Belgian American Club of Chicago


History

The Belgian American Club has a long history in the city of Chicago.

The Belgians in Chicago first organized around 1904/1905 to help raise funds to build the Belgian Church, St. John Berchmans, at Logan Boulevard and Maplewood Avenue.

St. John Berchmans – picture credit David Baeckelandt

The president was Charles F. Strubbe (1857-1910) whose family originated from Bruges. He was active in the city’s public affairs, in labor circles and became a trustee of the new Belgian Church.

Almost a decade later, the Belgian-American Janitors club was formed and after several presidents in one year’s time, Gus Van Heck (1882-1968) took the leadership in 1915 for several decades and was then succeeded by his son, Ray Van Heck (1904-1984). The club grew rapidly to include more than 500 members.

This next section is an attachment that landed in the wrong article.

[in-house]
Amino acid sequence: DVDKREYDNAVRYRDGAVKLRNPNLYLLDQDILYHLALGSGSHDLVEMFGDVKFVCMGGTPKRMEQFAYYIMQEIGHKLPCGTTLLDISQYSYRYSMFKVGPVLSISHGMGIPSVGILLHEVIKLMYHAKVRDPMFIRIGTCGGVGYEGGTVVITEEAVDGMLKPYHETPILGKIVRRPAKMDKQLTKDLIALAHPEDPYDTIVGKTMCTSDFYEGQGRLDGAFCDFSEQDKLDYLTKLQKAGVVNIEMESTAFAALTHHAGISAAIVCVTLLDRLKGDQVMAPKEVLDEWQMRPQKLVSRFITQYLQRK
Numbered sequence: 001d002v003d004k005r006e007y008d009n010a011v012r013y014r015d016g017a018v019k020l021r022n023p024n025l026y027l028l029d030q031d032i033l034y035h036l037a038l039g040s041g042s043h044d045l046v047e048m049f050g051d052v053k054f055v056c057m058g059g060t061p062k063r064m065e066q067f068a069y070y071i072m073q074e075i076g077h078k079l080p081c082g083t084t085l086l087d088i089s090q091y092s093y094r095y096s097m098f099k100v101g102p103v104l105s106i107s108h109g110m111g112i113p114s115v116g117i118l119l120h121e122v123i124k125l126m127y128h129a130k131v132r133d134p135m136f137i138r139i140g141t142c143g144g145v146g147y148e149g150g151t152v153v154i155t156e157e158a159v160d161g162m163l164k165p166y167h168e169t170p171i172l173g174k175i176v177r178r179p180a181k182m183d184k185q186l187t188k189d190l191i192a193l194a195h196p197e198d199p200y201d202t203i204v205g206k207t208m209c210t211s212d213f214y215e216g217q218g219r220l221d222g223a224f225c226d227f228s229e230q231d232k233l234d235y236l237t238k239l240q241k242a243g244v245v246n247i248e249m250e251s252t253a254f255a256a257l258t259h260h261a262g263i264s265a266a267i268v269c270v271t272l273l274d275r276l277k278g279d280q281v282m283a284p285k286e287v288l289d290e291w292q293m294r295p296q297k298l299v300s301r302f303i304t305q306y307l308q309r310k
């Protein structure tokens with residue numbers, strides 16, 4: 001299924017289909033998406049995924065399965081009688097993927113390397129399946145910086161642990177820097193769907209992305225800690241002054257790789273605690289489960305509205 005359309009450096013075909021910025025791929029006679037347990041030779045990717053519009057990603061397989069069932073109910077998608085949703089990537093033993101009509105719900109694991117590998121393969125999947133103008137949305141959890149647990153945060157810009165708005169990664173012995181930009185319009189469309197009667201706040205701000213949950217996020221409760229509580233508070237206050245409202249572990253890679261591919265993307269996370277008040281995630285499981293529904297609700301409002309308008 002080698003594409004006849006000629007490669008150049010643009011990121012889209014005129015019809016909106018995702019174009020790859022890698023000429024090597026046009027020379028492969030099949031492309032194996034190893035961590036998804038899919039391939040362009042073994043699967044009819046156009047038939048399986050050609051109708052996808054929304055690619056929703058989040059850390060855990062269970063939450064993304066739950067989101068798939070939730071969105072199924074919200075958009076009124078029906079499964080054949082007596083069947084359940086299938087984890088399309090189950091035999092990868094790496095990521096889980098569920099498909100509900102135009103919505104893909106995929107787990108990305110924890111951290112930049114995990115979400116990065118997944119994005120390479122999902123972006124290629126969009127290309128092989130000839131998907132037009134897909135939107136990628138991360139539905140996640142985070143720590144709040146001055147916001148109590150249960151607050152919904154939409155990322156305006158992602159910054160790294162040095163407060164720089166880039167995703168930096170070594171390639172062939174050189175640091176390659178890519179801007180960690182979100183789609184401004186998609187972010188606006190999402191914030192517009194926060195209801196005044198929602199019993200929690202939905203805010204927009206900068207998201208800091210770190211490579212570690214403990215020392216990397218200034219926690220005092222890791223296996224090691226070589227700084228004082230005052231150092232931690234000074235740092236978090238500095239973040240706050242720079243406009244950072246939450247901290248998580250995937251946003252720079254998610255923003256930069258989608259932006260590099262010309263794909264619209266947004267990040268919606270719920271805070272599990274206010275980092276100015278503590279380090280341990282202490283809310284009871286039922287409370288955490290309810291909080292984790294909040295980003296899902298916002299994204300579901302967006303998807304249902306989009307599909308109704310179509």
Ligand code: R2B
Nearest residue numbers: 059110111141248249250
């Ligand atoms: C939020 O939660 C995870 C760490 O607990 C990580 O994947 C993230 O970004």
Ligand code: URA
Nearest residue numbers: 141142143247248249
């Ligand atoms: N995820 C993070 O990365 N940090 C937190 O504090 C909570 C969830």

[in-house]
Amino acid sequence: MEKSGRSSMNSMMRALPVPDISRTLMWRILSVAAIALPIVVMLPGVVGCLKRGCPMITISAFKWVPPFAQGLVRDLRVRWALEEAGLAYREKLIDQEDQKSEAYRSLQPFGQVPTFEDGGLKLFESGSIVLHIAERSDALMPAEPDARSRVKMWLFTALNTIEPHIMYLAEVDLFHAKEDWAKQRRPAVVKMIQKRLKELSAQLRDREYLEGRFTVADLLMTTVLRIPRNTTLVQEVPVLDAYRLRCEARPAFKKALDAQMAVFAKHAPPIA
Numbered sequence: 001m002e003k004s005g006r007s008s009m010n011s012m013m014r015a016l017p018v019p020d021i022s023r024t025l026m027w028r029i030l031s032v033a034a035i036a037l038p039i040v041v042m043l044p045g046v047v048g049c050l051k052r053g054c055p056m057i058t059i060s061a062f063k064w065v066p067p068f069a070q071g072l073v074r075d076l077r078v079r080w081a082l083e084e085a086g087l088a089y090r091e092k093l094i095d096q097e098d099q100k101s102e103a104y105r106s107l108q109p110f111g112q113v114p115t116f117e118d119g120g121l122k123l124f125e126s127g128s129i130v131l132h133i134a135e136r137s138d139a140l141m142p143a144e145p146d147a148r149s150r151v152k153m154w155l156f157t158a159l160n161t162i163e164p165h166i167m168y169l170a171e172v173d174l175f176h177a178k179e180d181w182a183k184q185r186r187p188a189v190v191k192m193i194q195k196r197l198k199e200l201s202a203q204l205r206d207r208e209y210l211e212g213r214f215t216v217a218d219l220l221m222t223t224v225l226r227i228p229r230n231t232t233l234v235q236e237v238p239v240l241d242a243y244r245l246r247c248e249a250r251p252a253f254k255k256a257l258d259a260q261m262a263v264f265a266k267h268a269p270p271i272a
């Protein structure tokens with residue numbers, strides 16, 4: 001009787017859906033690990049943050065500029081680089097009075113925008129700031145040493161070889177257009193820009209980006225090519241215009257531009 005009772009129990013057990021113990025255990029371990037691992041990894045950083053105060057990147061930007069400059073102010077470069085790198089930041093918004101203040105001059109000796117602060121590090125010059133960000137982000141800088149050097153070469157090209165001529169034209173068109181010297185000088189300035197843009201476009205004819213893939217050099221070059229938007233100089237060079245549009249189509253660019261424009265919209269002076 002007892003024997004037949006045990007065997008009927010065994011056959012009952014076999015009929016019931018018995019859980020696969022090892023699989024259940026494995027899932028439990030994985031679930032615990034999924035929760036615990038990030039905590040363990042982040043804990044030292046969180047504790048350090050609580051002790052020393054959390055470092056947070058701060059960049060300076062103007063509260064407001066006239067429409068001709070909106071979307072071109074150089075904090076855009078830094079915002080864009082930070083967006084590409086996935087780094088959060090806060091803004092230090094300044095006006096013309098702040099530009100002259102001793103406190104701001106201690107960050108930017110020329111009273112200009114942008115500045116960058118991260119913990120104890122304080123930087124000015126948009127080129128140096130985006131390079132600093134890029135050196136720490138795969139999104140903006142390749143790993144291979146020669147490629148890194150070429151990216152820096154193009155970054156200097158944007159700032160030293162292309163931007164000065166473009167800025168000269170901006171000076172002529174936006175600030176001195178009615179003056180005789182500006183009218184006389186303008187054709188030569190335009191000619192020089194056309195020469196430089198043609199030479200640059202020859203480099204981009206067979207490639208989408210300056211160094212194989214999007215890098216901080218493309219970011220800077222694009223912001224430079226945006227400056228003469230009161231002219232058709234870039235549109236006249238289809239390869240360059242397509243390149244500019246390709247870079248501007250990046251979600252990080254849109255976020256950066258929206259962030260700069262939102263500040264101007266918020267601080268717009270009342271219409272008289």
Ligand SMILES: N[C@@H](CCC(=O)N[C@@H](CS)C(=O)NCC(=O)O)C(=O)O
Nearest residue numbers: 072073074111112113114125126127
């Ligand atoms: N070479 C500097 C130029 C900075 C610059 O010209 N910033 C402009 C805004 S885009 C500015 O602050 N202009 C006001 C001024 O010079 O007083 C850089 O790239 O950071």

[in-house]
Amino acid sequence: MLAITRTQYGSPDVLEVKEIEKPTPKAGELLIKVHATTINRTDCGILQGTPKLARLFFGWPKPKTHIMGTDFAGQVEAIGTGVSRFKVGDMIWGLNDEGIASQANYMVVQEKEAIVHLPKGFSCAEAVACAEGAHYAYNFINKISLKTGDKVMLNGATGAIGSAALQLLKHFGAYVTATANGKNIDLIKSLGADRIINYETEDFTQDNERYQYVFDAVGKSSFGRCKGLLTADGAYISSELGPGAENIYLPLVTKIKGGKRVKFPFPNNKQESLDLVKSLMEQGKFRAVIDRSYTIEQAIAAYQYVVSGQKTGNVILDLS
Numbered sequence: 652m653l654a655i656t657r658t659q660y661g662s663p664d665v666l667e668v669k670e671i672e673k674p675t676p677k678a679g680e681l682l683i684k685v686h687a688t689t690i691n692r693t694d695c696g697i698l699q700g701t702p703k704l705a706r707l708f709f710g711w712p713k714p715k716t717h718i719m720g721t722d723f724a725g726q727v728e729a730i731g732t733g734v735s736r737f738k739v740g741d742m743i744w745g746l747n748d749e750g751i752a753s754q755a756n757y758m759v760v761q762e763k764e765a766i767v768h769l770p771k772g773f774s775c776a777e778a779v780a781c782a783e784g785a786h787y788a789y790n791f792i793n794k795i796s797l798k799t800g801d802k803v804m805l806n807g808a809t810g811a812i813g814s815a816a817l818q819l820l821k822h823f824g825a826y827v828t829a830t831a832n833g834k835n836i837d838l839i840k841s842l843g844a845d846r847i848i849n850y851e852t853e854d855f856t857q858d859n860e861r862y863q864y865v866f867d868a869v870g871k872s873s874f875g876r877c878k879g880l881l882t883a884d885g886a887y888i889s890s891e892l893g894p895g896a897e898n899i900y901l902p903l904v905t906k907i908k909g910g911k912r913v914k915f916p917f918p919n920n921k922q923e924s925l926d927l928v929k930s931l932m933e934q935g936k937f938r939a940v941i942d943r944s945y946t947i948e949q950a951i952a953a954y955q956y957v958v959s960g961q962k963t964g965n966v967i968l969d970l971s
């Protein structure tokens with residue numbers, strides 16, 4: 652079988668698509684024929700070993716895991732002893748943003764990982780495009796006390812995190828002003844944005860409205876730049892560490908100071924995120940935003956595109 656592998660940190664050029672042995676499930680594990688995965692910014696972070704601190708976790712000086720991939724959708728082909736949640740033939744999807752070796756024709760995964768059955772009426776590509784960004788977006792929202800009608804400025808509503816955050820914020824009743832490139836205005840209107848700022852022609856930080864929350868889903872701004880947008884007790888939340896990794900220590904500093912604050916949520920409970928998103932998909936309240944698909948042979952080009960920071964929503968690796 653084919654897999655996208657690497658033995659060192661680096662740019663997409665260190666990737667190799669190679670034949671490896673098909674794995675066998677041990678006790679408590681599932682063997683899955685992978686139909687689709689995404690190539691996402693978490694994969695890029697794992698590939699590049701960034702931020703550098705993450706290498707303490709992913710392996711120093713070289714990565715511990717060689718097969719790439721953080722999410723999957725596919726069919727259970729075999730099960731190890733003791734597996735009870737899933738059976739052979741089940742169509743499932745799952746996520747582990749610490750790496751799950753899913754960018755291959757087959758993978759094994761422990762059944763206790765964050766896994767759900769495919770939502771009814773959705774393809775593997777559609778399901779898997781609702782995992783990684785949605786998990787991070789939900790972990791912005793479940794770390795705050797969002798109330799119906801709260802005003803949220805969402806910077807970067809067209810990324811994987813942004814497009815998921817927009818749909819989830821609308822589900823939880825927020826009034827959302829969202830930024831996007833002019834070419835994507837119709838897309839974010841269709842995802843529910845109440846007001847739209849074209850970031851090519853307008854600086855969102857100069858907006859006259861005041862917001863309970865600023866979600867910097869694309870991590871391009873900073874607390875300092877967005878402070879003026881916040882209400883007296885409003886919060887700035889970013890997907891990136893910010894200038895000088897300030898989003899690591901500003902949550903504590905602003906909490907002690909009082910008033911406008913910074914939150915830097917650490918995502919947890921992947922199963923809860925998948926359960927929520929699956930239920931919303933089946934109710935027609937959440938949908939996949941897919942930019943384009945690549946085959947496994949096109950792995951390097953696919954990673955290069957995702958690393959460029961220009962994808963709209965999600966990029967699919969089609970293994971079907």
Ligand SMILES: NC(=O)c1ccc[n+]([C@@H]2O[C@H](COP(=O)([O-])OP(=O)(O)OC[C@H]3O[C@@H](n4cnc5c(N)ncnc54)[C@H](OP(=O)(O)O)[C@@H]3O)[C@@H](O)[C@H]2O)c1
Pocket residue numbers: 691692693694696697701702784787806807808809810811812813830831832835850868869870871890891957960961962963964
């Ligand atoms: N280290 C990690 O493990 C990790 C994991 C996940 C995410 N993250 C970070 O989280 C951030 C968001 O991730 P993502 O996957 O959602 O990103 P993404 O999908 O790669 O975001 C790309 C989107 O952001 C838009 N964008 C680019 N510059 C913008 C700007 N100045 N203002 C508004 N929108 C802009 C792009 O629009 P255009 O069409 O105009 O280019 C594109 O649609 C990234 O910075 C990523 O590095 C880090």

Around this time Gus Van Heck was also instrumental in the growth and development of Janitors’ Union Local 1, a union that organized the janitors in Chicago. Gus had a leadership role in the union and eventually became Vice President of the Union until 1955.

As a result, many new Belgian immigrants who arrived in Chicago would become janitors and join the union as well as the club.

The club was re-named the “Belgian American Club of Chicago” in 1948 and would continue until 1997. At that time, due to the decreasing number of members the death fund, that every member was entitled to, dissolved. A group of more recent Belgian immigrants and expatriates restructured the club into a simpler format and today this revitalized organization has around one hundred member families.

Belgian Hall – Chicago

In its heyday, the Belgian American (Janitors) Club had its own Belgian Hall on 2625 W. Fullerton. The building still stands today.